Finally, when Khaira was on the ice, his team was outshot by a margin of 431-305, and out chanced by an even wider margin of 400 to 228.
Michael Frolik – Calgary Flames/Buffalo Sabres
Dealt about halfway through the season in early January from the Flames to Buffalo in exchange for a 2020 fourth-round pick, the change in scenery did not spook up any better advanced stats for Frolik.
In his 38 games with the Flames, Frolik managed a WAR of -0.7, a -3.9 GAR, and a -1.3 SPAR. Those numbers were almost identical, albeit in less games with the Sabres, registering a -0.6 WAR, -3.3 GAR, and -1.1 SPAR in 19 games with Buffalo.
Frolik also struggled in relation to expected goals for and expected goals against, accounting for 22.16 expected goals and 34.84 expected goals against. He failed to hit his expected goals for, registering only 15 actual goals this season, while his on-ice shot percentage was just 4.93 percent. It seems like those masked men can not only be intimidating around Halloween but also were in game action for Frolik and his linemates.
In the trade, the Sabres absorbed all of Frolik’s $4.3 million cap hit, with the 32-year-old Czech winger now an unrestricted free agent this offseason, still awaiting a deal after finishing off a five-year, $21.5 million contract that he originally signed in 2015 with the Flames.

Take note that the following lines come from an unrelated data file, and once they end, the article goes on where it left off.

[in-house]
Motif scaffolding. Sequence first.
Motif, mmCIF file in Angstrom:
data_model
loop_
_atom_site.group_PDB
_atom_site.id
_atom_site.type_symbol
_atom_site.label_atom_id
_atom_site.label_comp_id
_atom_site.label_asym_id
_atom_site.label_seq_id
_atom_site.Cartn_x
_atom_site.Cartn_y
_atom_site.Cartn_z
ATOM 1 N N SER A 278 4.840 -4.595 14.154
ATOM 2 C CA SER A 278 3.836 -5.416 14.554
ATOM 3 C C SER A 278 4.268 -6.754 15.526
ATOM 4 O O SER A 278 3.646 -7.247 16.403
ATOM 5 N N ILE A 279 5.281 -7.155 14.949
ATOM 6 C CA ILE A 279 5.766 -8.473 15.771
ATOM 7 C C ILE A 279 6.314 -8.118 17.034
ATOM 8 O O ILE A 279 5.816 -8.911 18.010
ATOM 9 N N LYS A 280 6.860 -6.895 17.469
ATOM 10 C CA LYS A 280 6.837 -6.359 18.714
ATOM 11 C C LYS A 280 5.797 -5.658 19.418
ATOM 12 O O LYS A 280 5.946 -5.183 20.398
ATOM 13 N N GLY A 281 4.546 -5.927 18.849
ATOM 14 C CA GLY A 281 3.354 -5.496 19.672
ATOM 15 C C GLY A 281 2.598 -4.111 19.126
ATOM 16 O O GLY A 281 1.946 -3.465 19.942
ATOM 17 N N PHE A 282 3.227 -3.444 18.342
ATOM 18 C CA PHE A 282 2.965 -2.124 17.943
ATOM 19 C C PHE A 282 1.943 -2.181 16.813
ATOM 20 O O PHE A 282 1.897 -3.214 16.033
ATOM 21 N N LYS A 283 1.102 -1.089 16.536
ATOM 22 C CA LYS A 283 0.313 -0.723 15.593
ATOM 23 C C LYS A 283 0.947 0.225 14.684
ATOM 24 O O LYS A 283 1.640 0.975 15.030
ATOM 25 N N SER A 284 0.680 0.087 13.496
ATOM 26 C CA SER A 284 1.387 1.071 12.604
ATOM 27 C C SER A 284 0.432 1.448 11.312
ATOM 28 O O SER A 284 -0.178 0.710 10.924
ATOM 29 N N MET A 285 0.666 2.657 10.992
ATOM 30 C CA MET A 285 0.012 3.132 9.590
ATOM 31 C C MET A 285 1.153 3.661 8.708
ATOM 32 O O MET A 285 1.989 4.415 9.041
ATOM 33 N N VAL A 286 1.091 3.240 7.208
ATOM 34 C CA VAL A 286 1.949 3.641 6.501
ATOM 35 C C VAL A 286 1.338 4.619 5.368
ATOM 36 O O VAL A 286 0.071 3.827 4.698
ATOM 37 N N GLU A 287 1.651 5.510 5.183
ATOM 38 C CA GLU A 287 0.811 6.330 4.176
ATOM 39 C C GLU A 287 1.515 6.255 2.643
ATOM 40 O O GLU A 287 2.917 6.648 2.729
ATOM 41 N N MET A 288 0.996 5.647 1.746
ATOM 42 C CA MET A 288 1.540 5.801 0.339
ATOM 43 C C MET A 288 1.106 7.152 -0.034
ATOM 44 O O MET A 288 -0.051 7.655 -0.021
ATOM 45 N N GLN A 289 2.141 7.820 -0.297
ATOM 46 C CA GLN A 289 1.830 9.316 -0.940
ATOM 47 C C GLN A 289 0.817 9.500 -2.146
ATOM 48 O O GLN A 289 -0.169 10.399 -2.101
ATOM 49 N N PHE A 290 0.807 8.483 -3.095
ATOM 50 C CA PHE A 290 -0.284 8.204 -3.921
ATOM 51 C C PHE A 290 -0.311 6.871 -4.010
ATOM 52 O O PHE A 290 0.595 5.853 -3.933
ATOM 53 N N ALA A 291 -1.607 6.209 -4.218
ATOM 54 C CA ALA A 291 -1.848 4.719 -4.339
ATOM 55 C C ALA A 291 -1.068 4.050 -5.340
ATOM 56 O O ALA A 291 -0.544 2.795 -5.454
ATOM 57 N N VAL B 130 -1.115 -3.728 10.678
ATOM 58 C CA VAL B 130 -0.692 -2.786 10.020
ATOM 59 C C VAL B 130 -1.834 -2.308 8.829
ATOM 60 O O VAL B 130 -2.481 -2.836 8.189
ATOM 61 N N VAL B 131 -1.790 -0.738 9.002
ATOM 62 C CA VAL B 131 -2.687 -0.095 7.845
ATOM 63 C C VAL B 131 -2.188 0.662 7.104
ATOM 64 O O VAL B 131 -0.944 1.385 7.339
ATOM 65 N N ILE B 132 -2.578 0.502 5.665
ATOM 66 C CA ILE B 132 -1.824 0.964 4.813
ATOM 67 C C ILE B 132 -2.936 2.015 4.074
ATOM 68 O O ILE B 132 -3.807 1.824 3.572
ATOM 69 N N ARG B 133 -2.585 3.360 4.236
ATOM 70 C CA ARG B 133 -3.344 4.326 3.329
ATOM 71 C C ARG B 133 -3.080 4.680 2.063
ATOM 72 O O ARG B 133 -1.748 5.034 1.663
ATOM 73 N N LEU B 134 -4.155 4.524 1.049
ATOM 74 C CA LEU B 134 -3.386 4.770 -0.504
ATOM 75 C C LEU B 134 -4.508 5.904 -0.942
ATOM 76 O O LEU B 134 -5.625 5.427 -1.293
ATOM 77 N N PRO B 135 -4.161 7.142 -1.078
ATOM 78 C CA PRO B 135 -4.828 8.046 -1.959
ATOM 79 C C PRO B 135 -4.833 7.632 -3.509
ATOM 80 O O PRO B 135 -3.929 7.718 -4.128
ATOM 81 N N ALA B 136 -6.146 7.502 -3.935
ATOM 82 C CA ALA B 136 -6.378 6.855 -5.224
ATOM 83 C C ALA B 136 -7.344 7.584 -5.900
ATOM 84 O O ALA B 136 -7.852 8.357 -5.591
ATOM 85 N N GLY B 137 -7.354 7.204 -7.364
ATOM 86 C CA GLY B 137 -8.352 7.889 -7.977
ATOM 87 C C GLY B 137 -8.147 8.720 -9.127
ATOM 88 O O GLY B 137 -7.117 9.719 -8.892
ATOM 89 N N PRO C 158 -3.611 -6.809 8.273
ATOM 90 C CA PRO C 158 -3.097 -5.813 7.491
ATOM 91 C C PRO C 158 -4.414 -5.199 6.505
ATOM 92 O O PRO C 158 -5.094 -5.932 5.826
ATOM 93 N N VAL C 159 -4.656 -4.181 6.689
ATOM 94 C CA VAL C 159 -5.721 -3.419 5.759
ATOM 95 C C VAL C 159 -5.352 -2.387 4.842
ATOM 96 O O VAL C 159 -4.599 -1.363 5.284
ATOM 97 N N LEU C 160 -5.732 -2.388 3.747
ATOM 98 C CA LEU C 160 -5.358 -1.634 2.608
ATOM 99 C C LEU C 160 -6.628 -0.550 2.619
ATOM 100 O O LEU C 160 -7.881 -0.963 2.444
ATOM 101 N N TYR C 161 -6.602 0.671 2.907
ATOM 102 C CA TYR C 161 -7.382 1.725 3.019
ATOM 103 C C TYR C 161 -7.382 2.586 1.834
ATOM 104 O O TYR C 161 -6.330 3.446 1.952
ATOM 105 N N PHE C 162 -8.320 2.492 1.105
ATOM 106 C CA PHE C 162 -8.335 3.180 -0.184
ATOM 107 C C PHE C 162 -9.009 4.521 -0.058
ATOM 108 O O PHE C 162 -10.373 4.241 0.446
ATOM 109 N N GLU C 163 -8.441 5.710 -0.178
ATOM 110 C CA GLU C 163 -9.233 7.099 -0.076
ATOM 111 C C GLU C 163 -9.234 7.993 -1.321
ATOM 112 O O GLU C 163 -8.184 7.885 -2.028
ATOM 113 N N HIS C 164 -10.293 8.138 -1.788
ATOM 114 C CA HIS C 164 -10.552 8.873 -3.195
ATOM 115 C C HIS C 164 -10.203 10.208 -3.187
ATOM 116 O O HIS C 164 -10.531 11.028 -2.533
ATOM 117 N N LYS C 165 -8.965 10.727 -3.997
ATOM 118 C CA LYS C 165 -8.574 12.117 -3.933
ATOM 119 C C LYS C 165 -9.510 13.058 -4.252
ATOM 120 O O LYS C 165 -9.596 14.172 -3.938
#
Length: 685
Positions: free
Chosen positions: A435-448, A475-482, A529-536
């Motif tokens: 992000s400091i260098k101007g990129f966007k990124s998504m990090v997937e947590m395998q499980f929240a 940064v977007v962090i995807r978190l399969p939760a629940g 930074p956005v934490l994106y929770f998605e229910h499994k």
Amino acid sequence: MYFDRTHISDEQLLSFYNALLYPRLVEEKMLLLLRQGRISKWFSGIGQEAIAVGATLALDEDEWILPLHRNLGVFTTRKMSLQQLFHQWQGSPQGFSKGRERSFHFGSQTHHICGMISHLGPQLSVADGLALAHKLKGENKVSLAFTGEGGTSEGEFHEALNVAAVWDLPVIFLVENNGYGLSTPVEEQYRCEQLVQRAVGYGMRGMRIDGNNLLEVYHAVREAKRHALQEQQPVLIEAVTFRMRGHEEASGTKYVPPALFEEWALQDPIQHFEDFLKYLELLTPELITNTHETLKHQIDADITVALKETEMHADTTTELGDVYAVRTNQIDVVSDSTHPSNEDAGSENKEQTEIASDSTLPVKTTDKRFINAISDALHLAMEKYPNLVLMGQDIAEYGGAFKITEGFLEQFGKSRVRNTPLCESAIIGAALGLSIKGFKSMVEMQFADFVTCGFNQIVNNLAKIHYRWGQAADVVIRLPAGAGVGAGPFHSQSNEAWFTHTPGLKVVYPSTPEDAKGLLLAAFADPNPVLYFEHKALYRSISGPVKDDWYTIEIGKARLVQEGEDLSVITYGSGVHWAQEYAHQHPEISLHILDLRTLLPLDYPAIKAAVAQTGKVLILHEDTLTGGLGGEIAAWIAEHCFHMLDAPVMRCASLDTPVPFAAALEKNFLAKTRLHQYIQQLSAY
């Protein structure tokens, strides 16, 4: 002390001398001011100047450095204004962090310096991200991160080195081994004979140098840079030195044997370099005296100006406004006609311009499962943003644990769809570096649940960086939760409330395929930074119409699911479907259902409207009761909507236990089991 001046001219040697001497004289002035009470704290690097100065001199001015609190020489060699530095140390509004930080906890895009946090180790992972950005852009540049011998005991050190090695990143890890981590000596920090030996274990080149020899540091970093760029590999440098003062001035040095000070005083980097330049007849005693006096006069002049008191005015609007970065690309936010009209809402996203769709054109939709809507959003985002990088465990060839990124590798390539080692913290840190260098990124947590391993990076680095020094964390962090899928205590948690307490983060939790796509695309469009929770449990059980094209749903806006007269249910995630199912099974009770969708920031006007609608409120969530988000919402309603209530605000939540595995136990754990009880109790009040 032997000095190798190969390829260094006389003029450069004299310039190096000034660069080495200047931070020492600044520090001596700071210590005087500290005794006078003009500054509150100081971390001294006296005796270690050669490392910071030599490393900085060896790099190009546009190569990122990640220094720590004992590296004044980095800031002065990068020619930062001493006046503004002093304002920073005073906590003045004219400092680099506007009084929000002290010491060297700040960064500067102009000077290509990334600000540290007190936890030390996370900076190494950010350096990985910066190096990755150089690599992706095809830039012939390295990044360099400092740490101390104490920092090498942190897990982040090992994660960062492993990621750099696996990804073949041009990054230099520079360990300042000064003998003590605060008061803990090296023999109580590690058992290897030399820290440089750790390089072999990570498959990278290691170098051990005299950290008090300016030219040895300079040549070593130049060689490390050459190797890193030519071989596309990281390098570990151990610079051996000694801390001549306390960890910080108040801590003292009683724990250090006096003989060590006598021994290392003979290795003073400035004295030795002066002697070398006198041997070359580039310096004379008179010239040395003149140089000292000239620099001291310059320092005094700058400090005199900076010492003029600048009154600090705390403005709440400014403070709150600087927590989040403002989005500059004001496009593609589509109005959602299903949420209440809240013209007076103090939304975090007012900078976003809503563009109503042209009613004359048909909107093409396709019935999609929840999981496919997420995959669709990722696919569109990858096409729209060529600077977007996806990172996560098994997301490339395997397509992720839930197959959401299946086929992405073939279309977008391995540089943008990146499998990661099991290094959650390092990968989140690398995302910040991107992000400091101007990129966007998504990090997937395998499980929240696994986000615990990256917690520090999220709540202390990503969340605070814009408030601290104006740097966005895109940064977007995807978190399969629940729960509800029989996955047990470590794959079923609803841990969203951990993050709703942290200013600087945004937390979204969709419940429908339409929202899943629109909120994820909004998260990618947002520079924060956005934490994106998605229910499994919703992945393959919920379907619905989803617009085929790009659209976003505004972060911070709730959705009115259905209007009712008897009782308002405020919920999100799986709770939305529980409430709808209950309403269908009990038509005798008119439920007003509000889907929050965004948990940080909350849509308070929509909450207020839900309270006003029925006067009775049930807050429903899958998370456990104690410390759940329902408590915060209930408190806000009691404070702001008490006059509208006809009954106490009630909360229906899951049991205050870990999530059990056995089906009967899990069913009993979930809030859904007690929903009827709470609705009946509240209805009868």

Brendan Smith – New York Rangers
Jack Johnson – Pittsburgh Penguins
I know what you’re thinking, aren’t both of these players on the same team, thus breaking your caveat of no players from the same team? Well, they are now, with Johnson signing a one-year, $1.15 million deal with the Rangers in the offseason. But that’s a problem for next year’s scary advanced stats article, as he played in Pittsburgh last season. While it’s also likely a problem for the Blueshirts, I digress.
Among defensemen to have played at least 50 games last season, Smith ranked last in goals for percentage (GF%) with 42 goals scored against while he was on the ice and only 14 scored for, giving him a GF% rate of just 25 percent.
Johnson’s GF% rate was a little better meanwhile at 42.48 percent, but that was rescued by playing for a better Pittsburgh team that scored 48 goals for while he was on the ice, compared to 65 goals against.
With Johnson on defence, the Penguins gave up 636 scoring chance compared to 479 for. Meanwhile, Smith and the Rangers were out-chanced by a margin of 370-192, a scoring chance for rate of 34.16 percent for Smith and 42.96 percent for Johnson.